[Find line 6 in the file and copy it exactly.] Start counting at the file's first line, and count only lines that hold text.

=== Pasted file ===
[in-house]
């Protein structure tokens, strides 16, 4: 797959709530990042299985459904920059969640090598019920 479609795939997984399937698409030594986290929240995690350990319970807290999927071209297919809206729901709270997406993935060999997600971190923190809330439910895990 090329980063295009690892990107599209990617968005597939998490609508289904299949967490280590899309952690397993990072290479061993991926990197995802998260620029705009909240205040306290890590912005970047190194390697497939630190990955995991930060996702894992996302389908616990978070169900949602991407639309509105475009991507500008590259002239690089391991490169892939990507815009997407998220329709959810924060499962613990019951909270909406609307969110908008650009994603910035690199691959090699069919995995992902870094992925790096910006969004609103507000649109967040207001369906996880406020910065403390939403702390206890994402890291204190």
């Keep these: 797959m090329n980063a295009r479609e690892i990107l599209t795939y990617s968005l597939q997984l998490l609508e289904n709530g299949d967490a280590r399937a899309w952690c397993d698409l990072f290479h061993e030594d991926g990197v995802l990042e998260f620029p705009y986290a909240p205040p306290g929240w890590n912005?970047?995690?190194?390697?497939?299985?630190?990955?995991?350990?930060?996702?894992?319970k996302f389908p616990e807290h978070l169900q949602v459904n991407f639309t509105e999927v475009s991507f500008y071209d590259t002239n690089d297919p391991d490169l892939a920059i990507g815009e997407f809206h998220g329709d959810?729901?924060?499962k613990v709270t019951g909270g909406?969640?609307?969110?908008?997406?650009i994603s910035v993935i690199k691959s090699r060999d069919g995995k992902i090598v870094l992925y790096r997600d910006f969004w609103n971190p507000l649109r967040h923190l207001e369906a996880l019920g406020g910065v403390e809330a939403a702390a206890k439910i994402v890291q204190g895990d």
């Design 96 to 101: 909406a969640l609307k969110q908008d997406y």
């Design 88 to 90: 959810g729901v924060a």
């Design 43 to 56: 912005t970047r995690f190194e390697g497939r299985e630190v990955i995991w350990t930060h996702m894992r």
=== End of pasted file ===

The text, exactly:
């Design 43 to 56: 912005t970047r995690f190194e390697g497939r299985e630190v990955i995991w350990t930060h996702m894992r």